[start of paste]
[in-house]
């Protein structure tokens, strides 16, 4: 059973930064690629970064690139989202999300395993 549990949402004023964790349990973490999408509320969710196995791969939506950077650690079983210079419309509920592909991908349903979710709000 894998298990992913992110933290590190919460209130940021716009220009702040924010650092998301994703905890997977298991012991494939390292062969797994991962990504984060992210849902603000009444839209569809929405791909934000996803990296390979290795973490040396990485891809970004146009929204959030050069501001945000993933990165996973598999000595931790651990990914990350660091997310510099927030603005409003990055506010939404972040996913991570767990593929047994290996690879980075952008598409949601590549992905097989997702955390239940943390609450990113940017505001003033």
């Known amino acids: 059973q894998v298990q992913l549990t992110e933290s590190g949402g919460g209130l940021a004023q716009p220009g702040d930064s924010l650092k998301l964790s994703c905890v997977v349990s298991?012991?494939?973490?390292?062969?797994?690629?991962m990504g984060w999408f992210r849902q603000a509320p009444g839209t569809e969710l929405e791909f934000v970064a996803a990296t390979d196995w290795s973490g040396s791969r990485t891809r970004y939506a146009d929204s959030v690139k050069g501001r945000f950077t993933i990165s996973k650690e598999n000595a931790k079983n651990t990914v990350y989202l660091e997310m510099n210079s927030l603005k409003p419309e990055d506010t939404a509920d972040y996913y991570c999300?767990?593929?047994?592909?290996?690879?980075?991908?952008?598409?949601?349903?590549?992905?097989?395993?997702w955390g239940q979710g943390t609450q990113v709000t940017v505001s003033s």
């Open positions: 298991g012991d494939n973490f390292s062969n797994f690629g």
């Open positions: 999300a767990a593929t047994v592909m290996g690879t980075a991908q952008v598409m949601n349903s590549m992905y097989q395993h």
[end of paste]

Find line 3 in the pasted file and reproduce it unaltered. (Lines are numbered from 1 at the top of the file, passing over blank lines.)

């Known amino acids: 059973q894998v298990q992913l549990t992110e933290s590190g949402g919460g209130l940021a004023q716009p220009g702040d930064s924010l650092k998301l964790s994703c905890v997977v349990s298991?012991?494939?973490?390292?062969?797994?690629?991962m990504g984060w999408f992210r849902q603000a509320p009444g839209t569809e969710l929405e791909f934000v970064a996803a990296t390979d196995w290795s973490g040396s791969r990485t891809r970004y939506a146009d929204s959030v690139k050069g501001r945000f950077t993933i990165s996973k650690e598999n000595a931790k079983n651990t990914v990350y989202l660091e997310m510099n210079s927030l603005k409003p419309e990055d506010t939404a509920d972040y996913y991570c999300?767990?593929?047994?592909?290996?690879?980075?991908?952008?598409?949601?349903?590549?992905?097989?395993?997702w955390g239940q979710g943390t609450q990113v709000t940017v505001s003033s």